The Night Before
This tradition dates to the days of arranged marriages, when marriage was more of a business arrangement than something done for love. The couple weren’t allowed to see each other before the ceremony for fear they’d pull out of the marriage! Today, it’s simply seen as unlucky to see your other half on the morning of your wedding – but since you’re not partaking in a business deal, we’re pretty sure you shouldn’t be worried! Most people just choose not to see their spouse to build up excitement and give them a surprise when they walk down the aisle looking so beautiful!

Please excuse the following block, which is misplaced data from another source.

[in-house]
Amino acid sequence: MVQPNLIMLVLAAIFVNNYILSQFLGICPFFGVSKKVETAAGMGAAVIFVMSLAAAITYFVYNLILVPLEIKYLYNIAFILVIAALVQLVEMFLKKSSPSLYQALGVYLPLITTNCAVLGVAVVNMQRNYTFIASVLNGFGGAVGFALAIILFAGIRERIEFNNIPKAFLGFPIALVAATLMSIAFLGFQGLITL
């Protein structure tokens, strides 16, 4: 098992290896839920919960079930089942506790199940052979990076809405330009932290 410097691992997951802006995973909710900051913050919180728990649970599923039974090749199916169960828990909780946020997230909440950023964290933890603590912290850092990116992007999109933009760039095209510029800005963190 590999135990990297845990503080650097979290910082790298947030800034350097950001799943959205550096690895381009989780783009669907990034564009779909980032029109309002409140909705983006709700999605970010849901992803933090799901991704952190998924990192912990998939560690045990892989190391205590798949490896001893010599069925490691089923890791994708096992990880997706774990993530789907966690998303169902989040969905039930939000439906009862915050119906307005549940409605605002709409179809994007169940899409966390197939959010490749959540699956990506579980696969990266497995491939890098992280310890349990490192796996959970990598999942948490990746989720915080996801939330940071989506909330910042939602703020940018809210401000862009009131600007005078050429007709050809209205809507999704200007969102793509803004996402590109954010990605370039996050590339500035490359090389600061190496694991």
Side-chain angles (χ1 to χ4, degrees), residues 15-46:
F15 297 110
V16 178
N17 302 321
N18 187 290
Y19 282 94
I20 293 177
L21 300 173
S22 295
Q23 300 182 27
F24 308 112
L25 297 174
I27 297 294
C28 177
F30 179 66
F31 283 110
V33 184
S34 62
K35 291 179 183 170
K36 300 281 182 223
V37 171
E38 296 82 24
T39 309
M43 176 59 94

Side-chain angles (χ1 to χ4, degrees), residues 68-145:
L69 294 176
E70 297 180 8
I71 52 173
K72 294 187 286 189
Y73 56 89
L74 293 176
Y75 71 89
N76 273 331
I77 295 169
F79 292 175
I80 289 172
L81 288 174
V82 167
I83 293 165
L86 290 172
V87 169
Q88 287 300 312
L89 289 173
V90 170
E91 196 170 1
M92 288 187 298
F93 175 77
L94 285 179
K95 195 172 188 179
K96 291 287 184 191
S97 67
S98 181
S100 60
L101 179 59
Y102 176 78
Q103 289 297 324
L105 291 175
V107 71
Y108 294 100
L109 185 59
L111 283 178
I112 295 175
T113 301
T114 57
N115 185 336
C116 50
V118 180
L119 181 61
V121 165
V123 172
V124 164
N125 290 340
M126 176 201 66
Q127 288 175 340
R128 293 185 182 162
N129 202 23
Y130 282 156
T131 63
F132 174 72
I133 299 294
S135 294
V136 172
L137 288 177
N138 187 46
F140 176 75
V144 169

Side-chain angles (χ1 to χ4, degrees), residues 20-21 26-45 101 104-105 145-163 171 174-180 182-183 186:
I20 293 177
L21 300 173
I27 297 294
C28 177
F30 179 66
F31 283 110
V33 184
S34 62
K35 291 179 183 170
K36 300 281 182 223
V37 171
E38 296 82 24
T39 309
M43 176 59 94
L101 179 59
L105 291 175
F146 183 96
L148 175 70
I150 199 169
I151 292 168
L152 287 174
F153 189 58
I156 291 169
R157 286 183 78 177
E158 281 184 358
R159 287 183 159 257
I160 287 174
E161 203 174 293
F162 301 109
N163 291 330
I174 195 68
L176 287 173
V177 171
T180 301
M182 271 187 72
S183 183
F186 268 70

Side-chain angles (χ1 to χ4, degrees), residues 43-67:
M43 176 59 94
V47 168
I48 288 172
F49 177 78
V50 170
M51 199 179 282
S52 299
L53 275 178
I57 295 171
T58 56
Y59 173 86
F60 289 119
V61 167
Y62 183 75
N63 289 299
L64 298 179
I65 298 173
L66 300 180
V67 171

The Wedding Bells
Ringing of bells during and after a wedding stems from an Irish tradition that the sound of bells would ward off evil spirits and ensure a happy family life. In Scotland the same is said of the Bagpipes, it’s incredibly traditional to be piped into your wedding and then dramatically piped to the reception afterwards and if there was ever a way to scare off an evil spirit, well the drones is a contender
The White Wedding Dress
While fashions have changed throughout the years, bridal gowns often reflect traditions and customs of times past…It wasn’t until Queen Victoria wore a white gown on her wedding day in 1840 that the white wedding dress, we know today became popular.
The Wedding Veil